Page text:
Executive director Stacey Carmichael has boxes of syringes piled high in her office, one of the harm reduction supplies available from Turning Point. (Photo by SUSAN ZIELINSKI/Advocate staff)

Turning Point reaches its 30th year

Birthday barbecue to be held Wednesday

For 30 years Turning Point has promoted harm reduction strategies to help vulnerable populations.

Formerly known as Central Alberta AIDS Network Society, the local agency was launched along with others around the world in response to the HIV/AIDS epidemic, said executive director Stacey Carmichael.

“Over the past 30 years they have continued to respond to that particular concern, but also it was identified in the mid-90s that HIV was really prevalent with injection drug users. That’s when we started heading down that road,” Carmichael said as the agency prepared for its 30th Birthday BBQ to be held Wednesday, from 11:30 a.m. to 2 p.m., at the agency located at 4811 50th Ave.

Since 2015 Turning Point has led the fight to prevent overdose deaths by providing free naloxone kits during Alberta’s opioid crisis.

Fewer new HIV cases are diagnosed today, although Central Alberta continues to see new cases. Those with undetectable viral loads don’t transmit HIV anymore with advances in treatment so prevention has come a long way, she said.

“Hopefully 20 years from now we’ll be sitting here talking about that old opioid epidemic and maybe how we’re closing our doors because we’re not needed anymore,” Carmichael said with smile.

On the job for eight months, Carmichael said she has worked along side Turning Point while employed at other community agencies and watched Central Alberta Methadone Program, the Street Clinic now run by Red Deer Primary Care Network, and Safe Harbour Society all get their start at Turning Point.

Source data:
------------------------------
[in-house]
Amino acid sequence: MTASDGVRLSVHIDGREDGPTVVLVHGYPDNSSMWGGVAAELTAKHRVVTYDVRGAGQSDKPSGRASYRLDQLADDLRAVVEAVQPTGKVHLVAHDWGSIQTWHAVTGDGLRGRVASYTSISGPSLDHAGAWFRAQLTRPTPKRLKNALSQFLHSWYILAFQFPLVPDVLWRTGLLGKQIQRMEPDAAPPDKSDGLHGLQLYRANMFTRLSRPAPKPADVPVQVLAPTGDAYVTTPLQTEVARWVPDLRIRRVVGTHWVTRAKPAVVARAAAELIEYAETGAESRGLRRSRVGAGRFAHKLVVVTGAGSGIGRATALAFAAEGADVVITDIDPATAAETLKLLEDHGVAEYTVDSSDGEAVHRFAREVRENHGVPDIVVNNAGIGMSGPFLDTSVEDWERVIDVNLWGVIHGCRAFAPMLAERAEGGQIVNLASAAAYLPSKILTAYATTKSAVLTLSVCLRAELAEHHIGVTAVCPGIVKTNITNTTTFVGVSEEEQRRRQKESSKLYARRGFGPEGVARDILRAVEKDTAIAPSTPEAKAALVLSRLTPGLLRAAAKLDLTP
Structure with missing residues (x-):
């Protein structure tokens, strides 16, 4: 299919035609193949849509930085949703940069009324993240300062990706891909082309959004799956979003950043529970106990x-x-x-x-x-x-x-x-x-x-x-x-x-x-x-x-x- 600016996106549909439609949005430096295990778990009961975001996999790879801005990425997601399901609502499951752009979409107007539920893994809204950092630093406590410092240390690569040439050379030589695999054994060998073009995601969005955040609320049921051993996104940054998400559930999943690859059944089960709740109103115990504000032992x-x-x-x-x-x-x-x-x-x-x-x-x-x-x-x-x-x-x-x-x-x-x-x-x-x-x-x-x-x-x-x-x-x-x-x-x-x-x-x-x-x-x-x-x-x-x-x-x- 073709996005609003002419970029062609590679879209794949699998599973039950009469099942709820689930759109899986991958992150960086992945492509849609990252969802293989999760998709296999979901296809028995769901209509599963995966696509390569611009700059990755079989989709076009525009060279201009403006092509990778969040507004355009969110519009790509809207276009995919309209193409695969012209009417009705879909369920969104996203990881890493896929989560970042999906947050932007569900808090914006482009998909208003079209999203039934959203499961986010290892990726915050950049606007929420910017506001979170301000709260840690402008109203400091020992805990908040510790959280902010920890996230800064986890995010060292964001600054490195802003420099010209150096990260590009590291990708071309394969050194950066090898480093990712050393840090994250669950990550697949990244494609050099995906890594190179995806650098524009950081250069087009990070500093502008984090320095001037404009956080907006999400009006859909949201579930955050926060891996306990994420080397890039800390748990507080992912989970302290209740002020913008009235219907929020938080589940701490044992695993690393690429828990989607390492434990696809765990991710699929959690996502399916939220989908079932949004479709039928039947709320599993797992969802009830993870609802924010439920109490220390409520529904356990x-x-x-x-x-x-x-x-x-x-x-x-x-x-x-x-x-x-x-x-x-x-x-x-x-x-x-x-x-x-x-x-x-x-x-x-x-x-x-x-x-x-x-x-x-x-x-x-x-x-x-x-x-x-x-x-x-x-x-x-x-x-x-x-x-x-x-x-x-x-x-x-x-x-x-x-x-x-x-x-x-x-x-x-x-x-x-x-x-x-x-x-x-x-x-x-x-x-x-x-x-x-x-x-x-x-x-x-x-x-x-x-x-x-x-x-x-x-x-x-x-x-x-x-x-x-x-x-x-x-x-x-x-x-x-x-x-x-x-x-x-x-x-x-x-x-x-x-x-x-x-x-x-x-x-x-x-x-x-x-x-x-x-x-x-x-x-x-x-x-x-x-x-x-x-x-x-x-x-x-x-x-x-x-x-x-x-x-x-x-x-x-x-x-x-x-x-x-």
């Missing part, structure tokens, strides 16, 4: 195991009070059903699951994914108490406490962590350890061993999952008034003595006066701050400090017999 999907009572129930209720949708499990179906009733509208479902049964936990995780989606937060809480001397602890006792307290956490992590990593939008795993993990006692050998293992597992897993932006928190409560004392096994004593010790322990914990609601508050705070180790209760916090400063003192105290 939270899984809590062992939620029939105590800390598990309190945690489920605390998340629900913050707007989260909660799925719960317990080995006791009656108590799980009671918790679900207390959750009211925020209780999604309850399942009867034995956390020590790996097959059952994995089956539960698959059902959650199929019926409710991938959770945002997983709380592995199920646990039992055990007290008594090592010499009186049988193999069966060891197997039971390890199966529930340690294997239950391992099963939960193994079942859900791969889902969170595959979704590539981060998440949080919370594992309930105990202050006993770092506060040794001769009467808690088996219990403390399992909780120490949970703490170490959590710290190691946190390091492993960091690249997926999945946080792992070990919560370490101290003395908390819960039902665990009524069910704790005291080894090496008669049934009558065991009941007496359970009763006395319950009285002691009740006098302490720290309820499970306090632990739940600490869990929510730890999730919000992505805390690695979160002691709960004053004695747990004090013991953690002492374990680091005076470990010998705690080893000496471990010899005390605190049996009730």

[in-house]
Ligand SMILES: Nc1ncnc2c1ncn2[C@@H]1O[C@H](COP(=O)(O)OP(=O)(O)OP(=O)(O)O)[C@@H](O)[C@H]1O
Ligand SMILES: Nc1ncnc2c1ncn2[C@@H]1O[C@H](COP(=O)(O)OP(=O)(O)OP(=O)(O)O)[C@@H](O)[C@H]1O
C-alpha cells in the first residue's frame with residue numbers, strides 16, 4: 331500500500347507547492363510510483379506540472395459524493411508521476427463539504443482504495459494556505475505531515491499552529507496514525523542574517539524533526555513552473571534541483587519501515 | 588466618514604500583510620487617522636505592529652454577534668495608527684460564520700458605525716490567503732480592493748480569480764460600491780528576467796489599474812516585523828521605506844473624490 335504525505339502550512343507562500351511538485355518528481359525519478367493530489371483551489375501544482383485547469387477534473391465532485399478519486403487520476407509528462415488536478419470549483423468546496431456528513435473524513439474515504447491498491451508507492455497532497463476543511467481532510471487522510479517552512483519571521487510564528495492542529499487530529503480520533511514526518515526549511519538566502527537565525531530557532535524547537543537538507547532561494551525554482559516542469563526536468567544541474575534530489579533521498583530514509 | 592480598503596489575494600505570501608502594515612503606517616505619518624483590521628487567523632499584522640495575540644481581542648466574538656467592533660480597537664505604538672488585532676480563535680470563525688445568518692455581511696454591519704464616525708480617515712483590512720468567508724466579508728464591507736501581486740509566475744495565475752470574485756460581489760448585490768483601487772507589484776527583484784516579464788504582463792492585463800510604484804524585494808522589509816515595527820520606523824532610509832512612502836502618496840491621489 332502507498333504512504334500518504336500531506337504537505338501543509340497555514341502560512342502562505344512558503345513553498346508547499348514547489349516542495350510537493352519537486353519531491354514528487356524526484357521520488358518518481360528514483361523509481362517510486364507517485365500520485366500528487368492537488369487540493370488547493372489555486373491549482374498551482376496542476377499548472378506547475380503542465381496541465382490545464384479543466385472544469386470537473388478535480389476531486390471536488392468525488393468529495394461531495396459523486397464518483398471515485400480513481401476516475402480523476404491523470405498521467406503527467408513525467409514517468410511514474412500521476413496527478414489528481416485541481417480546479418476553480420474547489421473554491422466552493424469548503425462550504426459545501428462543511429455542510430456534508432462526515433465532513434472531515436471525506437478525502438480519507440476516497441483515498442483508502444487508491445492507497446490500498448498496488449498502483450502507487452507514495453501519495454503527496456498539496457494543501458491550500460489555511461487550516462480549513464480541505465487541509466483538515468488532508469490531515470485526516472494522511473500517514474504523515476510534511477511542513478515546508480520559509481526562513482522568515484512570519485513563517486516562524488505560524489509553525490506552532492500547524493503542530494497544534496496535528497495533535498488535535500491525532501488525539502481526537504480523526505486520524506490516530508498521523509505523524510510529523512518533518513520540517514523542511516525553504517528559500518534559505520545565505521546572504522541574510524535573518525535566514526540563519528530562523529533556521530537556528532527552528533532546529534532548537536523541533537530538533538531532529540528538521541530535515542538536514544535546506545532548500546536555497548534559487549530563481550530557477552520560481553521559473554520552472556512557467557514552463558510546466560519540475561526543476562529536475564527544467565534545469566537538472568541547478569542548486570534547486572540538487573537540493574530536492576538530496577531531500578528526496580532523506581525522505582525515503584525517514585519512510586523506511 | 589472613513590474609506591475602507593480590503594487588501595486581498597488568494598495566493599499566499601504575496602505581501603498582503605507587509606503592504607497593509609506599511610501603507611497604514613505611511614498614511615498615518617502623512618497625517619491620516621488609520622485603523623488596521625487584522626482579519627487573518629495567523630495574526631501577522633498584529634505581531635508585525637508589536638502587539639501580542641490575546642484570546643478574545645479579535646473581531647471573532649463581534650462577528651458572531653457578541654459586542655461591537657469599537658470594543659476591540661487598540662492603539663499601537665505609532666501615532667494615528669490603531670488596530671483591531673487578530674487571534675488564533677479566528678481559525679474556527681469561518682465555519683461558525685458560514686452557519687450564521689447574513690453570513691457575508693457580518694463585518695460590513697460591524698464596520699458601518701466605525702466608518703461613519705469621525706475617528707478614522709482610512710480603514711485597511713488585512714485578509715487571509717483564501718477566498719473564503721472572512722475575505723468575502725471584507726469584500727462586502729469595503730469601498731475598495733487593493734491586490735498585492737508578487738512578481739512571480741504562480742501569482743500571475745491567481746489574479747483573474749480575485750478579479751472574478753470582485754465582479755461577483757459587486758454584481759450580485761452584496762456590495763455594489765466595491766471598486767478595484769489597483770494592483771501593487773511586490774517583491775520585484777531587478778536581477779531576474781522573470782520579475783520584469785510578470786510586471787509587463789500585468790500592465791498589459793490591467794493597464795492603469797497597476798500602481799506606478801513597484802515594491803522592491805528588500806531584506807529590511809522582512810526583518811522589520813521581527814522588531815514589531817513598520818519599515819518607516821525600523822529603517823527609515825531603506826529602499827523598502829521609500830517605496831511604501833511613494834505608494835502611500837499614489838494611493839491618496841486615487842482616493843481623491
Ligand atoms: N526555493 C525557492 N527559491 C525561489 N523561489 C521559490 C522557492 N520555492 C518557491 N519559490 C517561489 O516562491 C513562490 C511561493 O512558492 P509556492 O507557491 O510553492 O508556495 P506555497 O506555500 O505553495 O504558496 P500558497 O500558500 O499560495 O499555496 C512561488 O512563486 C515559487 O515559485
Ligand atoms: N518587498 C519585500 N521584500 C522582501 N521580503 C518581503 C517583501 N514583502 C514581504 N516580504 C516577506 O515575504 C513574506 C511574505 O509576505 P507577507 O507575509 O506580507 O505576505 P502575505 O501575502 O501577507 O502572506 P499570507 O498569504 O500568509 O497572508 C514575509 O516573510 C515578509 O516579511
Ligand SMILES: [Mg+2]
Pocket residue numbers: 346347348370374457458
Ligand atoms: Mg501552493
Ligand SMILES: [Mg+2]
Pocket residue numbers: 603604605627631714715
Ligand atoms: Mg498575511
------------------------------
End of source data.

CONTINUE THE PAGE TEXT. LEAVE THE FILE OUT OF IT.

“All of those places came as a response to an issue that was identified at Turning Point.”

She said the agency continues to work in the area of sexually transmitted blood borne diseases, including the current gonorrhea and syphilis epidemic. Expanding the overdose prevention program with more access in rural communities is another focus.

So far in May, Turning Point has given out 70 naloxone kits and staff have heard of six overdose reversals and one fatality.

“We had 17 overdose fatalities in 2018 that we know of.”

Since July 2015, the agency has handed out 7,670 kits with 1,123 reversals reported.

Turning Point has 2,416 harm reduction clients across Central Alberta, an increase of 208 females and 399 males in the last six months of the 2017-18 fiscal year.

“They’re hearing about how dangerous drug use is right now and they’re doing their best to be as safe as they can. It’s great.”

When it comes to overdose reversals, most are performed by friends but it would be much better if they were done by registered nurses in a supervised consumption site.

“It’s really, really important that our community have a supervised consumption service so that’s where our energy is going right now.

“It’s not our intention to operate a mobile site. It’s not the best use of resources. I suppose if it’s the only thing we’re allowed to do because of our zoning and bylaw options, then we might have to do that. But that’s not what our community needs. Not at all.”


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